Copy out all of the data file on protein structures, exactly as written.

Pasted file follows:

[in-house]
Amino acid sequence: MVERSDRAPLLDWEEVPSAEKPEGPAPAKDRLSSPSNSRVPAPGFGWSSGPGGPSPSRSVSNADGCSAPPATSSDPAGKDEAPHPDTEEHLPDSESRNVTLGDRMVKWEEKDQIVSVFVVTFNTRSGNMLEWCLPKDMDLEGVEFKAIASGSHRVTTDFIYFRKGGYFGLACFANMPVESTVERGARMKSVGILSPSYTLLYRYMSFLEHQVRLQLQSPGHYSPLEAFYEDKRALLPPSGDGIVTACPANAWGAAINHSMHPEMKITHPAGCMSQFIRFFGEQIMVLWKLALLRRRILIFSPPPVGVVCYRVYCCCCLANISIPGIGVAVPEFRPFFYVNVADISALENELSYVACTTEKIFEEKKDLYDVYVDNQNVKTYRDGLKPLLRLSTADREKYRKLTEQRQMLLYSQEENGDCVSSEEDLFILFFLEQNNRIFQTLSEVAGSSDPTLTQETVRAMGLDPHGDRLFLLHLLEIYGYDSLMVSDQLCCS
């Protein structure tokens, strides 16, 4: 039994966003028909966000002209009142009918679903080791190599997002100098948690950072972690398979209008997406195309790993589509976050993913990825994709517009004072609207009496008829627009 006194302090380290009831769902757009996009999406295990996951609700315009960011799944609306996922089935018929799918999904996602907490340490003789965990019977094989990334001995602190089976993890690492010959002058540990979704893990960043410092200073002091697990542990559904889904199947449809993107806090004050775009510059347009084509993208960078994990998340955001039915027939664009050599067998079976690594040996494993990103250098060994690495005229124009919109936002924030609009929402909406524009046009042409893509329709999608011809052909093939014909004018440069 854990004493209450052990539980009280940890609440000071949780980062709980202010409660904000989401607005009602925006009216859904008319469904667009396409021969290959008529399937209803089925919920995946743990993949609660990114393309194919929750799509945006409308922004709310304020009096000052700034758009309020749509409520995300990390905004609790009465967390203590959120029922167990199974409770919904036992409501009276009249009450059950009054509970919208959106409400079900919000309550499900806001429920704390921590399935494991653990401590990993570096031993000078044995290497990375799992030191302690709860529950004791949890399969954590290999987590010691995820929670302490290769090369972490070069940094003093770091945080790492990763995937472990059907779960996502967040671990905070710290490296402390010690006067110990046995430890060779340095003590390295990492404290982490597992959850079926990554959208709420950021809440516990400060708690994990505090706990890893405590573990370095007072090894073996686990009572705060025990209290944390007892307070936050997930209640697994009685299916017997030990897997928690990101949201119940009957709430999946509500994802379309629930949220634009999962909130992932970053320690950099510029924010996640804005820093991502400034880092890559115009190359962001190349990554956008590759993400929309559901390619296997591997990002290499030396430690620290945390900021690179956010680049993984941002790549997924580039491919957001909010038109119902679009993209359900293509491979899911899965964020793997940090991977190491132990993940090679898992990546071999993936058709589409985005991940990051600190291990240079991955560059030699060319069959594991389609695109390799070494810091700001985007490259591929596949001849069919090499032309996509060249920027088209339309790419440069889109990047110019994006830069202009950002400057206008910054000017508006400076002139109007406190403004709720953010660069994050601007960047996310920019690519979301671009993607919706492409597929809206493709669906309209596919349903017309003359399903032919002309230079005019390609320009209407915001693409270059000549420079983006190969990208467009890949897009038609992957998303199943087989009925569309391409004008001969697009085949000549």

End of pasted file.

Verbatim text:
[in-house]
Amino acid sequence: MVERSDRAPLLDWEEVPSAEKPEGPAPAKDRLSSPSNSRVPAPGFGWSSGPGGPSPSRSVSNADGCSAPPATSSDPAGKDEAPHPDTEEHLPDSESRNVTLGDRMVKWEEKDQIVSVFVVTFNTRSGNMLEWCLPKDMDLEGVEFKAIASGSHRVTTDFIYFRKGGYFGLACFANMPVESTVERGARMKSVGILSPSYTLLYRYMSFLEHQVRLQLQSPGHYSPLEAFYEDKRALLPPSGDGIVTACPANAWGAAINHSMHPEMKITHPAGCMSQFIRFFGEQIMVLWKLALLRRRILIFSPPPVGVVCYRVYCCCCLANISIPGIGVAVPEFRPFFYVNVADISALENELSYVACTTEKIFEEKKDLYDVYVDNQNVKTYRDGLKPLLRLSTADREKYRKLTEQRQMLLYSQEENGDCVSSEEDLFILFFLEQNNRIFQTLSEVAGSSDPTLTQETVRAMGLDPHGDRLFLLHLLEIYGYDSLMVSDQLCCS
């Protein structure tokens, strides 16, 4: 039994966003028909966000002209009142009918679903080791190599997002100098948690950072972690398979209008997406195309790993589509976050993913990825994709517009004072609207009496008829627009 006194302090380290009831769902757009996009999406295990996951609700315009960011799944609306996922089935018929799918999904996602907490340490003789965990019977094989990334001995602190089976993890690492010959002058540990979704893990960043410092200073002091697990542990559904889904199947449809993107806090004050775009510059347009084509993208960078994990998340955001039915027939664009050599067998079976690594040996494993990103250098060994690495005229124009919109936002924030609009929402909406524009046009042409893509329709999608011809052909093939014909004018440069 854990004493209450052990539980009280940890609440000071949780980062709980202010409660904000989401607005009602925006009216859904008319469904667009396409021969290959008529399937209803089925919920995946743990993949609660990114393309194919929750799509945006409308922004709310304020009096000052700034758009309020749509409520995300990390905004609790009465967390203590959120029922167990199974409770919904036992409501009276009249009450059950009054509970919208959106409400079900919000309550499900806001429920704390921590399935494991653990401590990993570096031993000078044995290497990375799992030191302690709860529950004791949890399969954590290999987590010691995820929670302490290769090369972490070069940094003093770091945080790492990763995937472990059907779960996502967040671990905070710290490296402390010690006067110990046995430890060779340095003590390295990492404290982490597992959850079926990554959208709420950021809440516990400060708690994990505090706990890893405590573990370095007072090894073996686990009572705060025990209290944390007892307070936050997930209640697994009685299916017997030990897997928690990101949201119940009957709430999946509500994802379309629930949220634009999962909130992932970053320690950099510029924010996640804005820093991502400034880092890559115009190359962001190349990554956008590759993400929309559901390619296997591997990002290499030396430690620290945390900021690179956010680049993984941002790549997924580039491919957001909010038109119902679009993209359900293509491979899911899965964020793997940090991977190491132990993940090679898992990546071999993936058709589409985005991940990051600190291990240079991955560059030699060319069959594991389609695109390799070494810091700001985007490259591929596949001849069919090499032309996509060249920027088209339309790419440069889109990047110019994006830069202009950002400057206008910054000017508006400076002139109007406190403004709720953010660069994050601007960047996310920019690519979301671009993607919706492409597929809206493709669906309209596919349903017309003359399903032919002309230079005019390609320009209407915001693409270059000549420079983006190969990208467009890949897009038609992957998303199943087989009925569309391409004008001969697009085949000549």